| Material Information
||Factors influencing micronutrient use in tropical foliage production
||ARC-Apopka research report
||5 leaves : ; 28 cm.
||Conover, Charles Albert, 1934-
Poole, R. T ( Richard Turk )
Agricultural Research Center (Apopka, Fla.)
||University of Florida, IFAS, Agricultural Research Center
||Place of Publication:
||Foliage plants -- Nutrition -- Florida ( lcsh )
||government publication (state, provincial, terriorial, dependent) ( marcgt )
non-fiction ( marcgt )
||Statement of Responsibility:
||C.A. Conover and R.T. Poole.
| Record Information
||University of Florida
||All rights reserved by the source institution and holding location.
||oclc - 71064092
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R oi FACTORS INFLUENCING MICRONUTRIENT USE IN TROPICAL FOLIAGE PRODUCTION
C. A. Conover and R. T. Poole
University of Florida, IFAS
ARC-Apopka Mimeo Report PIH-1973-1
Micronutrients (also called minor, trace or secondary el ments) are needed
in small, but critical amounts, by green plants and include er(N.j(j/ja|
zinc, copper, boron, molybdenum and chlorine. In recent ye rs micronutrients
Have been recognized as an important part of foliage produce ion, a t
commonly used in fertilization programs. IAS. O U I
The need for micronutrient additions to organic soil mixturesTa n~
established in many areas of crop production. Present micronutrient recommend-
ations for foliage growers are designed to provide a form of "crop insurance"
for those who have experienced problems with iron, manganese, copper and other
micronutrient deficiencies in previous crops. Additions of micronutrients are
especially desirable when the soil medium is composed entirely of components
such as peat, bark, shavings, perlite, vermiculite or washed sand which are<
usually low in these nutrients.
Additions of micronutrients to soil mixtures or their inclusion in fertilizer
programs require considerable planning, because low levels provide little benefit
while high levels are generally toxic to plant growth. Boron and manganese have
been shown to be phytotoxic at low levels to many plant genera and have been
implicated in recent foliage crop damage reports.
Sixth increased usage of micronutrients by foliage growers some guidelines
seem necessary, and the following points are designed to prevent crop damage
from excessive applications of any micronutrient mixture as well as provide
minimum required amounts.
1. When recommended rates of micronutrients are incorporated into the
soil medium (Table 1), use of fertilizers with micronutrients are not recommended
for 1 year because of possible phytotoxicities. Micronutrient availability is
influenced by pH, and therefore, suggested amounts in Table 1 depend on whether
dolomite, calcium carbonate or other pH influencing amendments have been added
to the potting soil.
2. Continuous use of fertilizers containing micronutrients are not
recommended unless the percentages of the various micronutrients are less than
the maximum suggested in Table 2 and the yearly amount of fertilizer applied
to the same soil is less than 9000 lbs/A/yr. Infrequent application of
fertilizers with higher levels are acceptable, provided the amounts for these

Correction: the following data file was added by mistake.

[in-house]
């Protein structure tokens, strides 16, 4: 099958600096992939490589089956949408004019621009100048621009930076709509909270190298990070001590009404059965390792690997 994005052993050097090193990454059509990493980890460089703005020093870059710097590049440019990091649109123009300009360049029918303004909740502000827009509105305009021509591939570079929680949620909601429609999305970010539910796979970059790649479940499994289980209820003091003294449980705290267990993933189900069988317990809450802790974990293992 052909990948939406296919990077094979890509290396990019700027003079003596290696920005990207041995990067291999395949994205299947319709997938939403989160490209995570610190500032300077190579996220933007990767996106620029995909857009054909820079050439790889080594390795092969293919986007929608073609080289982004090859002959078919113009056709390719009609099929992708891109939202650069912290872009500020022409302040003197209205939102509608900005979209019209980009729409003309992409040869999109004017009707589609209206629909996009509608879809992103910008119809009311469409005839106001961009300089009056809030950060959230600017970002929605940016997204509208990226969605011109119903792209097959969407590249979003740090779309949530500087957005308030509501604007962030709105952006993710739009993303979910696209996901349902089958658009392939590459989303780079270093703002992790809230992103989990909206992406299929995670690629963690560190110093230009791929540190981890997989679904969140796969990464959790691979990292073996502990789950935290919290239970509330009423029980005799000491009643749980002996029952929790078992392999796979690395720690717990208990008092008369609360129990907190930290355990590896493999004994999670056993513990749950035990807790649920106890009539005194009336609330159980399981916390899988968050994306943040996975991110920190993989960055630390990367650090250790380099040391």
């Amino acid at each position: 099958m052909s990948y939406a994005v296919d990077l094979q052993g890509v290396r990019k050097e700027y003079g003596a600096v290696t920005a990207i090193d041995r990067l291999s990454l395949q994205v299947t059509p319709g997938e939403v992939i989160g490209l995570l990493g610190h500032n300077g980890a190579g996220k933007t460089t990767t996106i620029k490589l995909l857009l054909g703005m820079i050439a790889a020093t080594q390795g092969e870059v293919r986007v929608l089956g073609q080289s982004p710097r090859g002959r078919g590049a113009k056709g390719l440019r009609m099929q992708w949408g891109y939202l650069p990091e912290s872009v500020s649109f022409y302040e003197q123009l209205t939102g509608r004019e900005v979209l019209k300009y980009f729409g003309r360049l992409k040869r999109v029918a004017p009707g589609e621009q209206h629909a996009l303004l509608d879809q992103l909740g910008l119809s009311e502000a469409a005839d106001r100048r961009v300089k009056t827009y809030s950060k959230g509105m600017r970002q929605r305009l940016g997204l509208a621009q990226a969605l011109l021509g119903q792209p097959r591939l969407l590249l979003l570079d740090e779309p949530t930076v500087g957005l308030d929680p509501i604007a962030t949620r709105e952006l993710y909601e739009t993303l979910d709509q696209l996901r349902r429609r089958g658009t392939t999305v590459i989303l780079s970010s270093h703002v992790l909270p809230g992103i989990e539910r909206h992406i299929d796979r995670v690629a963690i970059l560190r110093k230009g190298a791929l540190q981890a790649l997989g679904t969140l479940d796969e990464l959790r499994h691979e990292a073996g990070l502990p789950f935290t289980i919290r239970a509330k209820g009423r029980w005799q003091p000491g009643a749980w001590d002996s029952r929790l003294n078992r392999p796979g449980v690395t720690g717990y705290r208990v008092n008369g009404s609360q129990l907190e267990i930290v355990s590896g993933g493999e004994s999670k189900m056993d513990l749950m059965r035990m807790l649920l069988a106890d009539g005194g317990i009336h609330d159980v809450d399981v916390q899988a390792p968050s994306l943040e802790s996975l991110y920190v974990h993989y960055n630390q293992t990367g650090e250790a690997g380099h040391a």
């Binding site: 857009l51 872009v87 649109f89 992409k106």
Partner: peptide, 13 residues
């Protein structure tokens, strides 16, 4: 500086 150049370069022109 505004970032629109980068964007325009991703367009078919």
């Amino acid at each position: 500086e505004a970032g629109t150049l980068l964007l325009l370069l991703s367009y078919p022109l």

elements does not exceed the amount listed in Table 2.
3. Micronutrlents should not be incorporated into soil mixtures prior to
steam sterilization because steaming increases availability.
4. When-including sludge or other organic fertilizers containing
micronutrients in soil mixtures reduce additions of subsequent micronutrients.
Foliage growers who experience problems with micronutrient deficiencies
should remember that the one most often causing the problem is iron. In these
cases, rapid recovery can be obtained with a foliar spray of chelated iron.
Growers who tank mix their own fertilizer formulations from single components
such as ammonium nitrate, potassium nitrate, phosphoric acid etc. may utilize a
commercial soluble micronutrient additive such as Peters Soluble Trace Element
Mixture, THIS, Sequestrene or Neutral Trace Elements provided they follow the
suggestions in Table 2 concerning percentages of each element. Some commercially
prepared micronutrient mixtures are too high in certainelements such as boron,
which limits their use because the correct boron level does not provide desired
levels of other micronutrients.
Table 1. Suggested rates of micronutrient mixtures or single components
to include in soil media at various pH levels.
Rate Ibs/cu yd
Trade or pH pH
common name 4.0 to 5.5 5.5 to 7.0
Es-Min-El 3/4 to 1 1 to 1 1/2
FTE-503 1/5 to 1/4 1/4 to 1/2
Perk 1 1/2 to 2 2 1/2 to 3
Vigoro Supplement X 3/4 to, 1 1 1/2 to 2
Single'elements add all 4
Copper Sulphate (C8S04) 1/2 oz. 1 oz.
Iron Chelate (Sequestrene 33b) 1/2 oz. 1 oz.
Manganese Sulphate (MnS04) 1/2 oz. 1 oz.
Zinc Sulphate (ZnSO4) 1/2 oz. 1 oz.
iable 2. Levels of micronutrients to include in fertilizer formulations used on tropical
fciogeS when yearly fertilizer amount applied does not exceed 206 lbs/1000 s.
ft, (9000 lbs/A/yr) .
percent sq, ft/,vyr
percent sq ft/yr
percent sq ft/yr
LiMoi.ybde .i (Mo03)
khen less total poundage is used, proportionally higher percentages of the individual
elements may be used as long as the yearly amounts do not exceed those suggested.
Table 3. Comparison of contents in percent of mixtures that may be
incorporated into growing media for a micronutrient source.
Es-Min- FTE Supplement X
Element El No. 503 Perk with FTE
(B203) 1.6 9.75 0.7 0.25
(cuo) 2.8 3.75 0.3 0.45
(Fe203) 3.0 25.70 5.2 9.00
(MnO) 9.3 9.50 3.0 4.0
(Mo03) None 0.30 0.003 .001
(ZnO) 3.5 9.75 0.9 2.00
(CaO) None None None 15.0
(MgO) 2.4 None 15.2 25.0
(SO2) None None 4.5 6.4